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Book Review: Smith, J. K. A.: Desiring the Kingdom: Worship, Worldview, and Cultural Formation

Christina Belcher

Redeemer University College

Smith, J. K. A. (2009). Desiring the kingdom: Worship, worldview, and cultural formation. Grand Rapids, MI: Baker Academic. Softcover, 238 pages, ISBN 978-0-8010-3577-7

What if education was not first and foremost about what we know, but about what we love? (Smith, 2009, p.18)

This is one of the driving questions that frames Smith’s book; a question worthy of educational reflection. Smith organizes his argument around the ideas of the dichotomy between thinking and doing; work and worship [liturgy]. His argument is that worldview must not be merely cognitive and intellectual, but must include a robust ‘social imaginary’ (flowing from the work of Charles Taylor) that is grounded in the practices of Christian worship. So far so good.

Smith divides his book into two sections: Part one presents the case that humans are desiring creatures who ‘are what we love’. Part two questions how we practice that desire in Christian life. Smith has some interesting examples of ‘desire’ such as his view of the shopping mall as spiritual centre as a ‘vision of the good life’ (p. 23-27). This metaphor is similar to the work of Middleton & Walsh, (1996); in their view of postmodern life; Postman, (1988), in his exegesis on viewing commercials hermeneutically, and Zacharias, (1996) in his view of the postmodern building. The point of all of these examples is that symbols shape our lives far more than we may at first be aware, and that it is easy to become a person who ‘thinks with the eyes’ in ways that form habits and preferences (or idols) for life. Smith does well to bring this to our attention. In a technological age where image and virtual reality have a powerful impact (Schultz, 2002; Oppenheimer, 2003; De Zengotita, 2004; Duncan & Jones, 2005) the power of symbolism is a crucial topic for further consideration. Smith then progresses to present this in light of the danger of faith being reduced to an ‘intellectual exercise’ or unexamined consciousness when liturgy is removed, providing an assent to ‘worldview beliefs’ without an accompanying commitment to living out those beliefs. These points provide good food for thought and I am sure they will instigate hearty debate in educational circles. His preface and chapters 4 and 6 have the most to say about education and his views on Higher Education in particular. I shall not expand on these, but shall suggest you read them for yourselves.

My concerns about Smith’s text lie in the ‘black and white’ contrast, postmodern leanings and dualism I find here. First, in his emphasis on being ‘desiring beings’, Smith minimizes the intellectual to a point where I wonder if the postmodern aspects of desire and symbolism almost have preeminence. We are also told in Romans 12: 1,2, to be ‘transformed by the renewing of our minds’, not just our desires. Perhaps what we love can also get us into trouble? Smith is right in cautioning readers against the possibility that an assent to a ‘worldview’ without application may even be seen, in my understanding of his work, as a form of religion. However, more could be said about the fact that we are not called to live by ‘Scriptural principles’ but rather, by being transformed to live out the character of Christ. Smith’s book evidences examples of stark contrast. These focus on the ‘and’ and ‘in’ problem that Christian education grapples with and will continue to grapple with until the language is changed. It is not faith and learning, heart and soul, intellect and desire, – but rather, in my opinion, faith in learning, heart in soul, intellect in desire and vice versa – I do not think these were ever meant to be separate – we are whole beings, not half ones.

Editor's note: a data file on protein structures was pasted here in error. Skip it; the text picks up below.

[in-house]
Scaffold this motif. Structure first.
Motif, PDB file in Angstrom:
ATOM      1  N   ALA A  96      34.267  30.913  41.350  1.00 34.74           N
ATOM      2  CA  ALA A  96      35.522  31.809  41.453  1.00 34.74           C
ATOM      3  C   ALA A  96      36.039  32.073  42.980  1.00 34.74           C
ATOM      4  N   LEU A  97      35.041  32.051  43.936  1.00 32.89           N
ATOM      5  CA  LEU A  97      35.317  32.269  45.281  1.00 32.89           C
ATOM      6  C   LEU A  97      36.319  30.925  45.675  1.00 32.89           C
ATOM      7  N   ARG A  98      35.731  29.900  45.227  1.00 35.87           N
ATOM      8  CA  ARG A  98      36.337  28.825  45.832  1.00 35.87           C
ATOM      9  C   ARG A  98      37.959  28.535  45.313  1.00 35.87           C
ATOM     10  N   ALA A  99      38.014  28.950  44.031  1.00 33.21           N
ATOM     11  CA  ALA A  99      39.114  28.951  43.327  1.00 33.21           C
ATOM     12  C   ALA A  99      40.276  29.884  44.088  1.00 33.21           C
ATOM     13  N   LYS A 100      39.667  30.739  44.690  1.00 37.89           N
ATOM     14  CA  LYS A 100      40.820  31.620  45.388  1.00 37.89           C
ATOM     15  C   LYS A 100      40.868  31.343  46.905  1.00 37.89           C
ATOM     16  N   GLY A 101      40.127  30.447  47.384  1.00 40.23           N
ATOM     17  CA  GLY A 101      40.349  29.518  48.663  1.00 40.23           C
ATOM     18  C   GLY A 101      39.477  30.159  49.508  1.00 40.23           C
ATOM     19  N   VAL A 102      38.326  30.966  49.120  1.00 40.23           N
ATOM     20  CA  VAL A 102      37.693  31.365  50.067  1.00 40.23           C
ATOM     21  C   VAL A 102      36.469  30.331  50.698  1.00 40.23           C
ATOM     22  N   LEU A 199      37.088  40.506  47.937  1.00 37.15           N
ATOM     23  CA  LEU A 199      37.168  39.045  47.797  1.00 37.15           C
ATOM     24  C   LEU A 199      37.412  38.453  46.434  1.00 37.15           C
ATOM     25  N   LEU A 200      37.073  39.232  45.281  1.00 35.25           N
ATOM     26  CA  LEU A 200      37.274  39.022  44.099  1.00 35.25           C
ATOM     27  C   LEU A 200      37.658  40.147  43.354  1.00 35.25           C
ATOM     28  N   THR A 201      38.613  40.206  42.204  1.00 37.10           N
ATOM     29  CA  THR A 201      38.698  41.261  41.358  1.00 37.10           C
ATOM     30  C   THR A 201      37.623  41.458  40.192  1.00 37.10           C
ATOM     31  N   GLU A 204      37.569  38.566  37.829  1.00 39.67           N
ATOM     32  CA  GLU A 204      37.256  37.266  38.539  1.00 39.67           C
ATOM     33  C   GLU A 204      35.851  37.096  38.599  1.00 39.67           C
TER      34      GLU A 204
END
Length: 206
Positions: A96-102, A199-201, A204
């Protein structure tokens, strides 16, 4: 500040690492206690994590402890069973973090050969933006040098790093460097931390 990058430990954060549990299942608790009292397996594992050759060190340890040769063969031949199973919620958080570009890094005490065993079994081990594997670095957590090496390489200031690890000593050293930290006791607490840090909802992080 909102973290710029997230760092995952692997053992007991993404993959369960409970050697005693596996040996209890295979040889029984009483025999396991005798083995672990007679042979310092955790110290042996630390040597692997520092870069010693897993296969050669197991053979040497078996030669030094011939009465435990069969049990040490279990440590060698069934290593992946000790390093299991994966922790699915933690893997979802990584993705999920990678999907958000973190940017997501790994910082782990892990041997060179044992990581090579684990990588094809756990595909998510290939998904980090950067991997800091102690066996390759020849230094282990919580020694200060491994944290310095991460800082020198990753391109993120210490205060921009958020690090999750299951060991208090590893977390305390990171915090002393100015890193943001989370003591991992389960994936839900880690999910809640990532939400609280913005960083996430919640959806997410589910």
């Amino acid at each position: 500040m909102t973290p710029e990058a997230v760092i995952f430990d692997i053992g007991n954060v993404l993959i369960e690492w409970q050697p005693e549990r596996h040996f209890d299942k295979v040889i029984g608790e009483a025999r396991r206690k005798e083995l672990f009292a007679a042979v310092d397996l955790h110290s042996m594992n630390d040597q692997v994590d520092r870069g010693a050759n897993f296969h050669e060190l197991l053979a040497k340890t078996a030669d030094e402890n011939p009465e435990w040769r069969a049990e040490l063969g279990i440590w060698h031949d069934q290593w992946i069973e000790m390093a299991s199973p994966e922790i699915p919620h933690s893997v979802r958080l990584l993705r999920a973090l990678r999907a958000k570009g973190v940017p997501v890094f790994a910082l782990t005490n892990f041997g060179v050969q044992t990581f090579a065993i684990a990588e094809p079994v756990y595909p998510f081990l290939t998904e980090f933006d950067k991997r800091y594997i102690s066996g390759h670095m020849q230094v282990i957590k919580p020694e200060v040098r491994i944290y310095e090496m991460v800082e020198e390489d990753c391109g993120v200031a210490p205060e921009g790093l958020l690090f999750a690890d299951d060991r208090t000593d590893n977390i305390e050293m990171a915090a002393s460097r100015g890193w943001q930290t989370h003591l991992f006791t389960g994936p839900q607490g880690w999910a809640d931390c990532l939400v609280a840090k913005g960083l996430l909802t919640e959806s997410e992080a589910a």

In attempting to open up, reflect more fully upon, and reconcile some of these areas of disequilibrium, I would like to see the element of grace emerge in a conversation that leads to more shalom in a broken educational world rather than ways to debate the shortcomings of the term ‘worldview’ (which Smith does not reject by the way) in cognitive areas. Smith does want to discern Christian faith as a form of life (p. 134). However, Smith really does not tell us very much about pedagogy in the classroom to meet his desired end. If the end is to bring ‘worldview desire’ as a merge in doing and being, further emphasis on reasoning and reflection in the light of our educational call to live as Christ (such as in the work of Parker Palmer, 1998, 2004) would be good here as well. Perhaps he will do this in Volume 2.


De Zengotita, T. (2004). How the media shapes your world and the way you live in it: Mediated. New York, New York: Bloomsbury Publishing.

Duncan, B., & Jones, D. (2005). Media literacy: Essential survival skills for the new millennium. Orbit, 35(2), 2-4; 12-14.

Middleton, R. J., & Walsh, B. (1995). Truth is stranger than it used to be: Biblical faith in a postmodern age. Downer’s Grove, Ill.: IVP.

Oppenheimer, T. (2003). The Flickering Mind: the false promise of technology in the classroom and how learning can be saved. New York: Random House.

Palmer, P. J. (1998). The courage to teach: Exploring the Inner landscape of a teacher’s life. San Francisco: Jossey-Bass.

Palmer, P. J. (2004). A hidden wholeness: The journey toward an undivided life. San Francisco: Jossey-Bass.

Postman, N. (1988). Conscientious objections: Stirring up trouble about language, technology and education. New York: Vintage Books.

Schultze, Q. J. (2002). Habits of the high-tech heart: Living virtuously in the information age. Grand Rapids, MI: Baker Book House.

Zacharias, R. (1996). Deliver us from evil: Restoring the soul in a disintegrating culture. Dallas: Word.